Saved By Revolt

Friday, March 10th, 2006 12:16 pm by Neal

Saved By Revolt is the title of today’s opinion piece by John Podhoretz in the New York Post. Podhoretz makes a convincing argument that the remainder of the President’s second-term has been salvaged by the relentless oppostion to the UAE Ports Deal from the same conservative supporters who helped scuttle the President’s last big blunder — the nomination of the unqualified Harriet Miers to the Supreme Court. Podhoretz writes

Just as with his last serious political miscalculation, Bush has actually been saved by the very forces in his own governing coalition that are opposing him.

When the president foolishly nominated the clearly unqualified Harriet Miers for the Supreme Court, conservative intellectuals and pundits were so relentlessly negative that they forced him to withdraw Miers’ name and appoint Samuel Alito in her place. That move simultaneously helped reenergize and calm a key part of the Bush coalition.

Republicans in Congress did Bush an even bigger favor. The president may have been right on the economic and foreign-policy merits of allowing the government-owned Dubai Ports World to manage stevedore operations inside the United States. But he was clearly wrong when it came not only to the politics of the deal, but also to its symbolic significance in the midst of the War on Terror.

So true. As we’ve said before, this deal didn’t pass the smell test — it defied common sense (that is so lacking in Washington and, apparently, Rush Limbaugh’s studio). And, this is good news for Bush because it re-affirms the fact that most Americans (you know, the “racist Islamaphobes” who opposed this deal) are still engaged in the War on Islamic Terrorism.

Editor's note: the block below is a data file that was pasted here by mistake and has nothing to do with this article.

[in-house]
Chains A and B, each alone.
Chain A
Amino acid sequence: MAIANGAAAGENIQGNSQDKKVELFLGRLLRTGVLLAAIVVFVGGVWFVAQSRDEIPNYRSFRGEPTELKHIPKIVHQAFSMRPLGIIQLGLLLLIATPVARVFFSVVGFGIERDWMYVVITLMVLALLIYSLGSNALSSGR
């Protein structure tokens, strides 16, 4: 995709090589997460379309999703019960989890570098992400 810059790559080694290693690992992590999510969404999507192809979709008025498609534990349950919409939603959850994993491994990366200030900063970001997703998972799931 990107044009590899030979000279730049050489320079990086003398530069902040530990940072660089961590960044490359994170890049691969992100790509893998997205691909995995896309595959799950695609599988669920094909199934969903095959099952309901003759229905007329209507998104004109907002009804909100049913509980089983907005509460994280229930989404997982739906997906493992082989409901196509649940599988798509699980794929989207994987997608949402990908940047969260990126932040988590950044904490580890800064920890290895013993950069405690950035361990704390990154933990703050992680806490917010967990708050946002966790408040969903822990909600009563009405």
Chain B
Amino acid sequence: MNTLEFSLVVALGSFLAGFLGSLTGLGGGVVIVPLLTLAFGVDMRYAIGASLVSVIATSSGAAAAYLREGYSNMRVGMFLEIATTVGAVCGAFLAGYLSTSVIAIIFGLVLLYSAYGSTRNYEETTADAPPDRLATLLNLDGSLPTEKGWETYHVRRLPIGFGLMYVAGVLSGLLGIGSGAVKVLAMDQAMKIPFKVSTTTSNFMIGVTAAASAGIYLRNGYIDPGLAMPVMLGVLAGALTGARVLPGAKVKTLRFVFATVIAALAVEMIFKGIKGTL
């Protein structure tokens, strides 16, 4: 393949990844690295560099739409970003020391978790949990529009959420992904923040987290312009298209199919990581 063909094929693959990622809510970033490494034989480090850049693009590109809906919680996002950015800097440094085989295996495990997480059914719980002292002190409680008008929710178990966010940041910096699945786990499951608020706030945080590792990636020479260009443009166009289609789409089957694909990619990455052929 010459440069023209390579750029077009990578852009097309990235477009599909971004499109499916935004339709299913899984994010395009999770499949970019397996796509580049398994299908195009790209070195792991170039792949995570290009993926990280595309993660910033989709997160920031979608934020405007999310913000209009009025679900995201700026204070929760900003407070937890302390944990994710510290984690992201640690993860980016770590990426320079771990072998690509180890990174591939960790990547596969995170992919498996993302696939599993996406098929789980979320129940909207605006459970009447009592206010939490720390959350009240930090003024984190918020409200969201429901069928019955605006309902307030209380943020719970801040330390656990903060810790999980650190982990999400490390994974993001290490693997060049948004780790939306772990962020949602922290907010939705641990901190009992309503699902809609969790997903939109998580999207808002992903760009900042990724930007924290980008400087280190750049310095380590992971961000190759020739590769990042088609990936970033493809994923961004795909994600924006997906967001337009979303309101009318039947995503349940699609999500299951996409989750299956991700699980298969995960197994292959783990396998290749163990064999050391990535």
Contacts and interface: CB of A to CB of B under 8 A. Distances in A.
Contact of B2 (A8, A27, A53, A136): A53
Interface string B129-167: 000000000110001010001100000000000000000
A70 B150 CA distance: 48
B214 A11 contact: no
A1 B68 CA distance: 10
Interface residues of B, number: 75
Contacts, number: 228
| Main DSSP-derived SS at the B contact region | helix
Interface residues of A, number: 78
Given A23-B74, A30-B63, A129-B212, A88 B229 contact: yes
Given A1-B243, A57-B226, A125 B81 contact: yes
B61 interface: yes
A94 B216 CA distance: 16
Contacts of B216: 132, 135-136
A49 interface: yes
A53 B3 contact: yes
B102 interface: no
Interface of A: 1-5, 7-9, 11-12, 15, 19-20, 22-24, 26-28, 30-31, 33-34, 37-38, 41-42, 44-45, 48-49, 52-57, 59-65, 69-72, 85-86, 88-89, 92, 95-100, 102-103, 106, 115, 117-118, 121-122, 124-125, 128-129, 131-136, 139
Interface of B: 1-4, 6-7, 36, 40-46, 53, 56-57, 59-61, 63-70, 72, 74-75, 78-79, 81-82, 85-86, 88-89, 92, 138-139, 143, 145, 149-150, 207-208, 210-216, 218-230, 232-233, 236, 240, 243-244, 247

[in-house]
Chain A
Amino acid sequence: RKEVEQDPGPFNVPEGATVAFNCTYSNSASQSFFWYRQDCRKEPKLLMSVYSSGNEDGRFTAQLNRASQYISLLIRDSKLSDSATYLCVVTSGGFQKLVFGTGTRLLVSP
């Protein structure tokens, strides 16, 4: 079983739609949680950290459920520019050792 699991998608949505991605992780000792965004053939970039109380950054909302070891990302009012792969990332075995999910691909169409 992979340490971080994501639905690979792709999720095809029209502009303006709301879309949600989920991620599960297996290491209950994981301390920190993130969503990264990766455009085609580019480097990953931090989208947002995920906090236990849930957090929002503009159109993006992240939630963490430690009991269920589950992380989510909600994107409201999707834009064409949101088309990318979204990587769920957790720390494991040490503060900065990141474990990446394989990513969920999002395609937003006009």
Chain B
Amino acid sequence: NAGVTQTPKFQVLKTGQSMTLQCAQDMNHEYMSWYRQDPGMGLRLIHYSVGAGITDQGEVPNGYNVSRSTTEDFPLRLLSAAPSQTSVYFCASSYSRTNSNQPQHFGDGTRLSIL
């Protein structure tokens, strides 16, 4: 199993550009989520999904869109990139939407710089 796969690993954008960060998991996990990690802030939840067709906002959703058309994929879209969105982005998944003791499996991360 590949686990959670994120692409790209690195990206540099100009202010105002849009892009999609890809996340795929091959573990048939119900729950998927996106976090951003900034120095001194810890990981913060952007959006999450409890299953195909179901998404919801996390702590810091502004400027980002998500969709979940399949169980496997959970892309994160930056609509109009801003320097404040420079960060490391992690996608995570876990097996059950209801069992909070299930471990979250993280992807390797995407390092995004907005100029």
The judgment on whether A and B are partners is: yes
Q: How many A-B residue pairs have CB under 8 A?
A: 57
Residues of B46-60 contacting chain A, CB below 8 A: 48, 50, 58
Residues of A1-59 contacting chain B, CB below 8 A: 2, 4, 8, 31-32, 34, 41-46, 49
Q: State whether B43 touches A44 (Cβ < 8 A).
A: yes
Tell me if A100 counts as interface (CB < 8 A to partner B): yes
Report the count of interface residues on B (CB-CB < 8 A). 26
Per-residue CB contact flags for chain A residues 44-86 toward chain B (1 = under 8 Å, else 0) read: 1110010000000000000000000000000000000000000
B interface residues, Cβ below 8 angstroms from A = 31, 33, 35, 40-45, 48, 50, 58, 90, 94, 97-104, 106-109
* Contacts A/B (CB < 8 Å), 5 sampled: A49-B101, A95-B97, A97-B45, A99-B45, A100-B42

More important, the public reaction to the ports deal indicates that the American people are still very much committed to the War on Terror. They understand that Arab nations of the Persian Gulf cannot be and should not be deemed reliable colleagues in our struggle against militant, extremist Islam.

I have no doubt that Dubai has given us some assistance in pursuing al Qaeda. But it is still a cowardly emirate that will not do or say anything publicly to advance the fight against bin Ladenism, and while it may not be an enemy, it is neither a friend nor an ally.

It is wrong to ascribe popular feeling against the deal to isolationism. The American people can’t make sense out of which side Dubai is on, and they don’t think it should be that hard a call. They believe in the fight, and their continued support for it is the best news the embattled Bush presidency could have.

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